dimanche, mai 20, 2007

Sunday after Ascension

At first sight, the words of Jesus that we have heard in the gospel are not very encouraging: “They will put you out of the synagogues: yea, the hour cometh, that whosoever killeth you, will think that he doth a service to God.”(Jn16,2) The History of the early Church would confirm the words of Jesus. The Jews, who had not known the Father and not recognized His Son expulsed the Apostles and their disciples from the synagogues. They killed those who professed that Jesus who was crucified was now risen from the dead, because they were blasphemers. Doing this, they thought that they did a service to God. Among them, one of the most zealous, was Saul of Tarsus. A day would come when he would truly glorify God, not with the blood of his victims, but with his own blood after having glorified Him with the ardor of his charity as the Apostle of the Gentiles for many years.

But who turned Saul into the great Saint Paul? It was certainly not himself and he would deny this fact. He rather said: “By the grace of God, I am what I am” (1 Co 15,9) You can hear a true disciple, who does not deny the work of God in him, but who knows how to recognize it and to glorify its Author. It is again Saint Paul who says that “the grace of God has appeared to all men.” (Tt 2, 11)

The grace has appeared and it has changed the world. First, it changed the Apostles, who still had understood almost nothing until the effusion of the Spirit they received on Pentecost day. Twelve men have really changed the world, or more exactly, God through twelve men. They were the rock on which Jesus Christ built His new Church. (Eph2,20) The miracle has endured until today. The same Church, teaching the same Faith, providing the same Sacraments and diffusing the same grace throughout the world is now renewing the face of the earth. “The grace has appeared to all men” (Tt2, 11) and God did not take it back.

Certainly, the powers of Hell try to hide the light of the world and to make tasteless the salt of the earth. It is true that the Church shines of merest radiance today than what she used to in days of old. But it is not because the clouds impede us of seeing the sun that the sun does not shine. Even in the midst of the torrent of impurity of the world, she is the “holy city, the new Jerusalem, coming down out of heaven from God, prepared as a bride adorned for her husband.”(Rev21,2) Even in the midst of the stream of relativism and liberalism, She is the Mistress of truth who teaches and enlightens the consciences.

The Church today is still a visible expression of the grace in the world. As the first Vatican Council reminds us, “there is a visible teaching authority which publicly proposes dogma that must be interiorly believed and openly professed. There is a visible priestly office which publicly supervises and takes care of the visible mysteries of God by which interior sanctification is conferred on men and due worship is paid to God. There is a visible governing body which orders the union of the members among themselves and which guides and directs the whole external and public life of the faithful in the Church.”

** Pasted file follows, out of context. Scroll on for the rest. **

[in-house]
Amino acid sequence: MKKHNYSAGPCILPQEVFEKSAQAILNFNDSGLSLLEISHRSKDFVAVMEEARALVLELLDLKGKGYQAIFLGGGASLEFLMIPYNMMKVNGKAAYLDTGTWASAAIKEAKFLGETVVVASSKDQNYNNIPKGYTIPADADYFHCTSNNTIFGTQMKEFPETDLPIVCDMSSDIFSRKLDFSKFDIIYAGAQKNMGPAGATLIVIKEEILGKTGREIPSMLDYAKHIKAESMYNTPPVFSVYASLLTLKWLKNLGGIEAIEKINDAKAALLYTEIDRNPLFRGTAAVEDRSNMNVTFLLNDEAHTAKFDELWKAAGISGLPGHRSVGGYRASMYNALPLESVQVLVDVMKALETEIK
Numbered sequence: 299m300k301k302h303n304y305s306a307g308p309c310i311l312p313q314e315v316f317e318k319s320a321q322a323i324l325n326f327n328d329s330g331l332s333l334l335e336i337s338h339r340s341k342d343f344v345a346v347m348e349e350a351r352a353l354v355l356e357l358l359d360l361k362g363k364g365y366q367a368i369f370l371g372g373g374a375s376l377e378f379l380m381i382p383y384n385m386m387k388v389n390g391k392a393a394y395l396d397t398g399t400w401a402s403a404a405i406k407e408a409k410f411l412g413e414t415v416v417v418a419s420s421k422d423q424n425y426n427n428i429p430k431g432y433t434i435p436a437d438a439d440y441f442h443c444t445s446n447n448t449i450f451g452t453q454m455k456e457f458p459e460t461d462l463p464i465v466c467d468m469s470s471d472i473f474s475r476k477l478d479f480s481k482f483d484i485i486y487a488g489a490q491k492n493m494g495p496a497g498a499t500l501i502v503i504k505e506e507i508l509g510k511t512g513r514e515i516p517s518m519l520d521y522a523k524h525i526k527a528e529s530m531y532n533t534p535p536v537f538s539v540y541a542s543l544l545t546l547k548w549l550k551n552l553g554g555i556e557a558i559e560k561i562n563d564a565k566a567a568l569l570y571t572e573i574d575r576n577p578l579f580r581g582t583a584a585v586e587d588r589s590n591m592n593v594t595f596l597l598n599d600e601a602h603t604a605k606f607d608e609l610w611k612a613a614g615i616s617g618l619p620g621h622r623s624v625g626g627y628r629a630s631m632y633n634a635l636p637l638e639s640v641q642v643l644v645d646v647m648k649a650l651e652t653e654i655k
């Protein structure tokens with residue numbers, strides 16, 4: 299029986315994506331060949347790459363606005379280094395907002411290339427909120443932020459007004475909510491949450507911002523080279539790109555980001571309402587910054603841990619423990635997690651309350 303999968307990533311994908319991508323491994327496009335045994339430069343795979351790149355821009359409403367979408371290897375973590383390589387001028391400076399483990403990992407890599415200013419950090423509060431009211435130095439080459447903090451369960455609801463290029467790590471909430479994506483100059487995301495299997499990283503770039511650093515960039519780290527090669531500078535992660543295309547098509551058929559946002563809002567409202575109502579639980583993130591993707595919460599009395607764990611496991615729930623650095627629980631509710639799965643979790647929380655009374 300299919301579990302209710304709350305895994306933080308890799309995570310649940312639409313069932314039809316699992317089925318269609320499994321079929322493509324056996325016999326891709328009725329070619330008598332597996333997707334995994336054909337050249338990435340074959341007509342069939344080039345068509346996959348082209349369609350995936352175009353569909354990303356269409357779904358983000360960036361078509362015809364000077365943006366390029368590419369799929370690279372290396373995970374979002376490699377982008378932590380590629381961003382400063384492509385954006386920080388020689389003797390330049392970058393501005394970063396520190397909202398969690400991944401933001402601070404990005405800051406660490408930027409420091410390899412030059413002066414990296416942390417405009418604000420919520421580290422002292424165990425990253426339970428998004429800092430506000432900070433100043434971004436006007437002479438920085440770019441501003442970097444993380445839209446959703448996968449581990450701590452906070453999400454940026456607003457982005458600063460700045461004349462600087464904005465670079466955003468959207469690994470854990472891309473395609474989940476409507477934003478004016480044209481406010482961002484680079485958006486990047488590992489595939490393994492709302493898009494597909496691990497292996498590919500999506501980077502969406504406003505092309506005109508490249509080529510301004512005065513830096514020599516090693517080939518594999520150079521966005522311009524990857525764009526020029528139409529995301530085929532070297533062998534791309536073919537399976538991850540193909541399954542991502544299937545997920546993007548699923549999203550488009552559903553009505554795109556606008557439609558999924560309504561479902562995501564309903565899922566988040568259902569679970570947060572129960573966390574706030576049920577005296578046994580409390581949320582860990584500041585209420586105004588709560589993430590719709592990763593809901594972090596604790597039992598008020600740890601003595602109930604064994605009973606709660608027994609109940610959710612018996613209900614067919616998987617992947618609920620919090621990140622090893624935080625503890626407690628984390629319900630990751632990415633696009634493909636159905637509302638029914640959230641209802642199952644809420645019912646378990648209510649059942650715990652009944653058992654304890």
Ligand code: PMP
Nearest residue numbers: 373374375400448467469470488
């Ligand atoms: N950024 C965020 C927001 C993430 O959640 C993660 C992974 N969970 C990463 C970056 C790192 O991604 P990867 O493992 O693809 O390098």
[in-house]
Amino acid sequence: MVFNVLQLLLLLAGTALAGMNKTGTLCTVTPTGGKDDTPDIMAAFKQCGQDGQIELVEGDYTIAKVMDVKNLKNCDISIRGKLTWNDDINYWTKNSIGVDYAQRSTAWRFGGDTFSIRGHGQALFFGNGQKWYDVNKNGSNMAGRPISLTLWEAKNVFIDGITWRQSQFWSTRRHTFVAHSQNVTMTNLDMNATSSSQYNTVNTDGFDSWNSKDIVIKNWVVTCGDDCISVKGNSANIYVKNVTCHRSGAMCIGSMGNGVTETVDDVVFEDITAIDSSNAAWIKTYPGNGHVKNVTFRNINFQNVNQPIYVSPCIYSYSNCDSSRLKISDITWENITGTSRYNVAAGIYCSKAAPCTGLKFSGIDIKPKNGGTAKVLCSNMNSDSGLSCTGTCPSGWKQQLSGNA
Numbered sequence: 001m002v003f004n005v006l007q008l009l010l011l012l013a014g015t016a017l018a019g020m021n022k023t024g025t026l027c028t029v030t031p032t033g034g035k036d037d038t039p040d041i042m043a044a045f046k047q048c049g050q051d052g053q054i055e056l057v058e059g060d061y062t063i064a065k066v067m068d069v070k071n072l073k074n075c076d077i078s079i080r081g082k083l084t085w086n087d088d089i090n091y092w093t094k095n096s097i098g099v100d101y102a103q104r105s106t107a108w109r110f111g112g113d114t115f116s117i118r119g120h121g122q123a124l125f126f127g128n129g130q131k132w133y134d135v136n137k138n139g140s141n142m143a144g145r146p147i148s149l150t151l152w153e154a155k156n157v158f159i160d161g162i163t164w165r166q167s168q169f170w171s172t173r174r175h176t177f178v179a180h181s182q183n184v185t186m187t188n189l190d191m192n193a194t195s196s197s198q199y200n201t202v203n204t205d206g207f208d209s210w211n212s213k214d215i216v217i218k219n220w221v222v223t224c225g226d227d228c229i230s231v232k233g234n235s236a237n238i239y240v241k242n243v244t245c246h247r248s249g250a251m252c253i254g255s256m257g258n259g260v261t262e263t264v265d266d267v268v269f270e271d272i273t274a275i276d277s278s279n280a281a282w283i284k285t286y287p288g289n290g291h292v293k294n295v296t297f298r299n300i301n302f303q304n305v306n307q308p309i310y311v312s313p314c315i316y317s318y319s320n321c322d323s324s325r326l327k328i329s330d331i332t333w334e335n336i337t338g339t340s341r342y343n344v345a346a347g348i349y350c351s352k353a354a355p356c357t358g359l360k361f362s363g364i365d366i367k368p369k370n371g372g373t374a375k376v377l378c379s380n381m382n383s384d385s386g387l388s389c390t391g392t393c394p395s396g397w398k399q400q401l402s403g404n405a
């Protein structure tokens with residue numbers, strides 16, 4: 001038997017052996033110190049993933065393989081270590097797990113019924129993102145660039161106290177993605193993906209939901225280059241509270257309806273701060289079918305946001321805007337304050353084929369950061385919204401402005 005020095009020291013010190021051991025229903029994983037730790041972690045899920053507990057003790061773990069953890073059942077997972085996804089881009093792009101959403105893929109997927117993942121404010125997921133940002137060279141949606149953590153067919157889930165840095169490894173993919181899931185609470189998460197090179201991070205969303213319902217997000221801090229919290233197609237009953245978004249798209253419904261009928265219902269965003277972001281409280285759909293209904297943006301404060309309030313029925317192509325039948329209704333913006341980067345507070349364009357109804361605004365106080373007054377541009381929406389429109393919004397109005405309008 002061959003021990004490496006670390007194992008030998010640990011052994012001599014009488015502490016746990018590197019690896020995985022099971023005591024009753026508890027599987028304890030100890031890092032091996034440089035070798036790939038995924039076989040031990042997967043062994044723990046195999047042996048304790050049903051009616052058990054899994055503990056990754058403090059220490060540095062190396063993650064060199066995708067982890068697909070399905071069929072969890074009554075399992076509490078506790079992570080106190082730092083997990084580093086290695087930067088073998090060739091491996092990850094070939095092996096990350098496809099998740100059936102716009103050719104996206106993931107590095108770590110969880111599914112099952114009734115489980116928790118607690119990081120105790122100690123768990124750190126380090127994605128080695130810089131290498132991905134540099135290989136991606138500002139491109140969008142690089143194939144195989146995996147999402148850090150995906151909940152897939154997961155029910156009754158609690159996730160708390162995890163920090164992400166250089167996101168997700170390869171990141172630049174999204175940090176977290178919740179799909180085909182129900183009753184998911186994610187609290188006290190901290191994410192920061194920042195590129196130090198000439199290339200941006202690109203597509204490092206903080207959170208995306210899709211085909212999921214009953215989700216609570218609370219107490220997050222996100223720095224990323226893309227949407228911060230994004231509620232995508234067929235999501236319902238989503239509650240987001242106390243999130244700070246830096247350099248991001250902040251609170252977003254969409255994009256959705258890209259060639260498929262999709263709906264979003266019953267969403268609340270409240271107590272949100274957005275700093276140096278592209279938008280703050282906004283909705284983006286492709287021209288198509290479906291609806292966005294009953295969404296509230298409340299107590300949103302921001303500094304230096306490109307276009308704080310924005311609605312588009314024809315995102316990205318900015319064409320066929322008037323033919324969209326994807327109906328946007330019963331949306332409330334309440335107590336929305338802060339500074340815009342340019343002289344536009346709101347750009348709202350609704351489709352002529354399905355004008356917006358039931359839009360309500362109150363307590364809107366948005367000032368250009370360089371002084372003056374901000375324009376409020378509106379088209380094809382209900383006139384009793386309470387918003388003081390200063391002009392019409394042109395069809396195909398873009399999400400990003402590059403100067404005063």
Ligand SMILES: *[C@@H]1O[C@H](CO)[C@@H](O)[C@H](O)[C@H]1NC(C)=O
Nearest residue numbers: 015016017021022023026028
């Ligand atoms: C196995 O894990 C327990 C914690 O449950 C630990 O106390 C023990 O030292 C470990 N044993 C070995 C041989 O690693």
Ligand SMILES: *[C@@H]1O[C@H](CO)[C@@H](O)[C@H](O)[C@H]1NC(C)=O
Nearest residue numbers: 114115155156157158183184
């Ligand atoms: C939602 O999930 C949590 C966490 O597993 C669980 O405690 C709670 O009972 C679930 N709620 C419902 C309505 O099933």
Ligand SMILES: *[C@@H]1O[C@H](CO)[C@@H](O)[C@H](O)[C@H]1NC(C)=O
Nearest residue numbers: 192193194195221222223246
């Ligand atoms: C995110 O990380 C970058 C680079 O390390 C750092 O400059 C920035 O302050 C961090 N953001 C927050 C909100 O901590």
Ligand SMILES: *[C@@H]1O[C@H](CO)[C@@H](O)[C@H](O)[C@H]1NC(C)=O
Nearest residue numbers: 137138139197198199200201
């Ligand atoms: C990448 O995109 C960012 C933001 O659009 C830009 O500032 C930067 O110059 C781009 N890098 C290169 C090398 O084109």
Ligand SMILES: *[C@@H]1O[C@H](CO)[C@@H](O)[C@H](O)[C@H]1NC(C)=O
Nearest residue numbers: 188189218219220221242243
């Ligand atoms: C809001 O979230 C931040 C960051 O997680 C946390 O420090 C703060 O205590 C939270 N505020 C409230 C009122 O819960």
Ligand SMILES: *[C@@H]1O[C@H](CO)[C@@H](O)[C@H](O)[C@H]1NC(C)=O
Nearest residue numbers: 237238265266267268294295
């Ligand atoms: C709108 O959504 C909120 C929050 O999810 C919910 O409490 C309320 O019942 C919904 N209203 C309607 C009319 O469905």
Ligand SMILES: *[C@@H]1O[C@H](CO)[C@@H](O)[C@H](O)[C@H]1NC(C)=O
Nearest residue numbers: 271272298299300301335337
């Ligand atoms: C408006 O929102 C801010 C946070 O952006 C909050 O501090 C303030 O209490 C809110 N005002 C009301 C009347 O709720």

The Church in herself is a grace, but one needs a particular and individual grace in order to listen to her and to accept her as the means of salvation given by Jesus Christ. The grace has appeared to all men: to all men as humanity in general, but also to each single person. The truth is taught in an audible manner by the Church, but one needs to enter into oneself in order to hear it. That is the meaning of the sentence of Saint Augustine which we commented on last week: “Foris admonet, intus docet.” You can hear the truth with your ears, but if you don’t want to believe, then you don’t believe. And we need a prompting of divine grace so that our will can accept the teaching of the Church. We need the grace of God in order to believe. We need the grace of God in order to bear testimony of Jesus Christ, as the Apostles did in their time. The laws of divine grace are not different today than what they were 2000 years ago. Like the first disciples, we are weak and cowards, but like them we have been told by Jesus: “But when the Paraclete cometh, whom I will send you from the Father, the Spirit of truth, who proceedeth from the Father, he shall give testimony of me. "(Jn15,26)

Dear Brethren, we do not live in a more difficult time today than the Apostles 20 centuries ago. I would say that we have even more than they did. We have 20 centuries of Tradition of the Church and we can be proud of this heritage in which we can find the strength to continue the work of evangelization. For sure, many things are not perfect today and we can find many reasons to complain every day. But then, what would be the use of complaining? Because we don’t live in a catholic society? Because it is not easy to live as a disciple of Jesus Christ today? Well, it is for these reasons that Jesus promised to send the Paraclete. What else do you need? Nothing! Absolutely nothing! If we have God and His grace, it is sufficient as Saint Paul says. But now, we still have to bear fruit and it is our work, under the promptings of grace. What the first Christians accomplished, we can also do even though we have to be expulsed out of the synagogues “understand churches” or even though we have to be killed. And this cannot take away our joy, if we are really with God.

So may Our Lady help to accept the grace of God in our souls, so that we can truly and entirely respond to it and be good and faithful disciples of Our Lord Jesus Christ.